The Soviet regime killed an estimated 20 million Christians between 1921 and 1980. The pressure stayed high until 1991, when the Soviet Union disintegrated into 15 independent countries.
As soon as they could, thousands of Christians fled from the former Soviet Union, a migration that significantly hurt evangelicalism. But not everyone left. And the door that was open to migration worked both ways, letting in thousands of missionaries.
The Christians who remained split themselves from the one official Protestant denomination into at least 35 more, then got to work. Within 10 years, Russians started ministries in hospitals, orphanages, prisons, and soup kitchens; founded Christian publishing houses; and formed professional networks for Christians in the marketplace. Seminaries sprang up and began steadily turning out pastors trained in biblically sound doctrine.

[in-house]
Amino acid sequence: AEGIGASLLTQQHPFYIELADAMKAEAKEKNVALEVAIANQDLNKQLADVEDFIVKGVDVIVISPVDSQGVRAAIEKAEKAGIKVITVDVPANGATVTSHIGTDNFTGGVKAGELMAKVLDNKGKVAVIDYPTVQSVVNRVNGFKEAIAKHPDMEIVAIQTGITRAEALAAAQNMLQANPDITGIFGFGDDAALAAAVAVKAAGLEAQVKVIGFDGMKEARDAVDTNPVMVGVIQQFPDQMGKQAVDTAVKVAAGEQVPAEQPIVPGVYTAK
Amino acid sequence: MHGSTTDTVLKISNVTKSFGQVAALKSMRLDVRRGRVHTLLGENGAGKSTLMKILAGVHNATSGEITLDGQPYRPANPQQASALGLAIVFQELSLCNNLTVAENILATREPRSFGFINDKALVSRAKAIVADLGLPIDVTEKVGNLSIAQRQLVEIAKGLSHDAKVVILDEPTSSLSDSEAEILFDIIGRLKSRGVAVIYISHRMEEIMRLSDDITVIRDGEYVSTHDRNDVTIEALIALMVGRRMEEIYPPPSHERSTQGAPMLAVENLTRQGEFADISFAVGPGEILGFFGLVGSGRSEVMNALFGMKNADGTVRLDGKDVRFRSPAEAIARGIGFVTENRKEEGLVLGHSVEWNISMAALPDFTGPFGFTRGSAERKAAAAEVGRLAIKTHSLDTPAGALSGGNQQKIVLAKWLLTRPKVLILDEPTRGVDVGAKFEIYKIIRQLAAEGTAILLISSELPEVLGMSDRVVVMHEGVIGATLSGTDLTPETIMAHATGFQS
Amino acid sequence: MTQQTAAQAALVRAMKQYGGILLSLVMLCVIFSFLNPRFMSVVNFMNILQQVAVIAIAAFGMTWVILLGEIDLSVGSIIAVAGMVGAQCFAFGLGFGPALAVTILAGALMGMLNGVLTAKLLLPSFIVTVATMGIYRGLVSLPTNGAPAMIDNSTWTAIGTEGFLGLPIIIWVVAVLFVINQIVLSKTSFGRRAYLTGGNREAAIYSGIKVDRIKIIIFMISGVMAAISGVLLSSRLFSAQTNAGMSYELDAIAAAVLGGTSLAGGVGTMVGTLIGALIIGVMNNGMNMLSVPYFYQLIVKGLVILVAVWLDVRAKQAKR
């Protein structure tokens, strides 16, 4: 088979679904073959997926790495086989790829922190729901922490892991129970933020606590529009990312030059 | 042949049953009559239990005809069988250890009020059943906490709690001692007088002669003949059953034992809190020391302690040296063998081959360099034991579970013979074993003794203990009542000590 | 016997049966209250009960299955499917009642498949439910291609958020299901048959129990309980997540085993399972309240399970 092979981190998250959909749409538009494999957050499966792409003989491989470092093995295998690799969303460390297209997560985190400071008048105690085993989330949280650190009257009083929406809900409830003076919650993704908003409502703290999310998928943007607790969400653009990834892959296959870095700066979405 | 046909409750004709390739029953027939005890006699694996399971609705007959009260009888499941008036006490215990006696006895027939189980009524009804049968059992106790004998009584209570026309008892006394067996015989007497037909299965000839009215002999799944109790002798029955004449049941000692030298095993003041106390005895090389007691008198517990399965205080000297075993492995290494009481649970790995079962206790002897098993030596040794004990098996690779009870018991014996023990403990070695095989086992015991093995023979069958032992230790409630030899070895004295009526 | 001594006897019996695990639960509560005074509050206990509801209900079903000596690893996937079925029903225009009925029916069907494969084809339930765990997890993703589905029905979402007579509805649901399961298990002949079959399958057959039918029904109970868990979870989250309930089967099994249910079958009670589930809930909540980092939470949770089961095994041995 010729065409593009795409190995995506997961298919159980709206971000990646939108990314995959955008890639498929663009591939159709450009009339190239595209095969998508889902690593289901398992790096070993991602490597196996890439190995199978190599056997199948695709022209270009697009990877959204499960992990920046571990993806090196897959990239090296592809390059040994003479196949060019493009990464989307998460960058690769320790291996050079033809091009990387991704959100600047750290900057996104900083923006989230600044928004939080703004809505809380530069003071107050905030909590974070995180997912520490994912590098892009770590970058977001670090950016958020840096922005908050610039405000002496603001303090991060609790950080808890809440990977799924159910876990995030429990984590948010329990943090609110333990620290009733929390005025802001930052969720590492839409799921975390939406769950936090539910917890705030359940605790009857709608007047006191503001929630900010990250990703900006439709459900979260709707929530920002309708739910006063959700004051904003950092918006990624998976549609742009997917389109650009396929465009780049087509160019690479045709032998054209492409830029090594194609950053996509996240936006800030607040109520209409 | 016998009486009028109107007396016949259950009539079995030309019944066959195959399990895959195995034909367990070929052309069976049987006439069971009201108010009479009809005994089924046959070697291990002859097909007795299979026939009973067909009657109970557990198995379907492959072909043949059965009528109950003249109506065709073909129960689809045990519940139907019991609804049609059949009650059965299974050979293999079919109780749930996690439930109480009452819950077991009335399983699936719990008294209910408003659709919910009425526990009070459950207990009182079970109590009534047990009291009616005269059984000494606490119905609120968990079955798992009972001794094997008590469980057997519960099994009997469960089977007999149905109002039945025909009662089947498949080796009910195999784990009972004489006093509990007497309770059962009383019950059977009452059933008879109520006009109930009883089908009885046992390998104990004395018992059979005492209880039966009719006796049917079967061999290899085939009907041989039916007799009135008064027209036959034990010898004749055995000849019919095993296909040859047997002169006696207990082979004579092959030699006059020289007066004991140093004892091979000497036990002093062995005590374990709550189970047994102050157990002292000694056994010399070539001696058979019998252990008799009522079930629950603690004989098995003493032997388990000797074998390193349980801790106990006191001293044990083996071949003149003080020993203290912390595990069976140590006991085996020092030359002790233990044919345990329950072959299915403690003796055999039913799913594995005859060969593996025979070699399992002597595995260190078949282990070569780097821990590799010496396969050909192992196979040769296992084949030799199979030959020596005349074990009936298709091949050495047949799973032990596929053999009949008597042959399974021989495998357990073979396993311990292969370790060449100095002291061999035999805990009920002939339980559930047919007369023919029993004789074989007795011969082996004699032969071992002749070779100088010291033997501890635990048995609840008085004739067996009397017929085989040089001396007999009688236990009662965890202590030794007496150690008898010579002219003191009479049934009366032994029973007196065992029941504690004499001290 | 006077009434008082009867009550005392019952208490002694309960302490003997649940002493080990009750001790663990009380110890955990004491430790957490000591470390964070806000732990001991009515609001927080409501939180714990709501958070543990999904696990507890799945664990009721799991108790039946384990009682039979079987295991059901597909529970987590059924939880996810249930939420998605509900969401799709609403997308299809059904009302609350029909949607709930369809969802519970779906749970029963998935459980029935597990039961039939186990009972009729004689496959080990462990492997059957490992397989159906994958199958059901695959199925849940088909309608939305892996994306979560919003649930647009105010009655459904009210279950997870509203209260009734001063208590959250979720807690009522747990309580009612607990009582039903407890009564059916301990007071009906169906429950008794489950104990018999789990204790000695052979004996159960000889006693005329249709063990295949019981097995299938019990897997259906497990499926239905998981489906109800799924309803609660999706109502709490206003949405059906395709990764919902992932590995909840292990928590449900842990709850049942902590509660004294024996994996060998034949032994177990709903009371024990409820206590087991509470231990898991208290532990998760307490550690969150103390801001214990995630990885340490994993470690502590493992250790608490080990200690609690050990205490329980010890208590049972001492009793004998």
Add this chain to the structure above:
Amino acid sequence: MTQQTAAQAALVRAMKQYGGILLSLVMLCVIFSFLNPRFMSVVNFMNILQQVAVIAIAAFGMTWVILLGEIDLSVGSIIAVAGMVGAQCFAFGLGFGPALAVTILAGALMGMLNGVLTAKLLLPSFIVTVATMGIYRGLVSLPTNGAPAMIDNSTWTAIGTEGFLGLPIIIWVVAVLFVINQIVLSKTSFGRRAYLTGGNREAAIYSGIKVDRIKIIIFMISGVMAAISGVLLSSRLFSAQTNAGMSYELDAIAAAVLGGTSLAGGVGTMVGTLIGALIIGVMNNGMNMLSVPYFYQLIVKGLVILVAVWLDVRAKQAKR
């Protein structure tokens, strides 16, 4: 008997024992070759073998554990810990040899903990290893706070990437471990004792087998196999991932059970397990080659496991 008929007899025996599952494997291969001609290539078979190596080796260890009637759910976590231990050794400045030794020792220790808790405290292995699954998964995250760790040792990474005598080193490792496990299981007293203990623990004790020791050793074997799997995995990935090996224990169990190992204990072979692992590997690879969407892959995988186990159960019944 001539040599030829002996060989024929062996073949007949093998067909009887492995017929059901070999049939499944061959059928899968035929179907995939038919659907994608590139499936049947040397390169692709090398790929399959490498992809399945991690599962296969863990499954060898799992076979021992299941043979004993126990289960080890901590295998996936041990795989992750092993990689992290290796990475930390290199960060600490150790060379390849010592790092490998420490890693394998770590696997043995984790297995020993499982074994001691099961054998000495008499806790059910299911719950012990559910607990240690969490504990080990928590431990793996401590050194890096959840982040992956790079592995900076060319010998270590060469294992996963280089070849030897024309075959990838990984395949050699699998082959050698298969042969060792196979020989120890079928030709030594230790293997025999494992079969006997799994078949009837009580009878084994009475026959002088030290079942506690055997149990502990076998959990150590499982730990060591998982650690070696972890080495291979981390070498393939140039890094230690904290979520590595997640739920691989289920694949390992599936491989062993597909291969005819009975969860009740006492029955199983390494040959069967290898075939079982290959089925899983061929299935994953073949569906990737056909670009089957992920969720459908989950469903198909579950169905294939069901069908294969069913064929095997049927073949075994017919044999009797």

But recently, the country has begun cracking down on religious freedom again. Foreign missionaries have been watched with a high degree of suspicion; however, there are enough Russian theologians, with training, to take their place.
Ways to pray:
- Praise that Russia has an unprecedented level of good resources
- For pastors to preach expositional, gospel-focused messages
- For protection from the Russian government, that it would not target the Reformed movement
“For whatever was written in former days was written for our instruction, that through endurance and through the encouragement of the Scriptures we might have hope.” Romans 15:4
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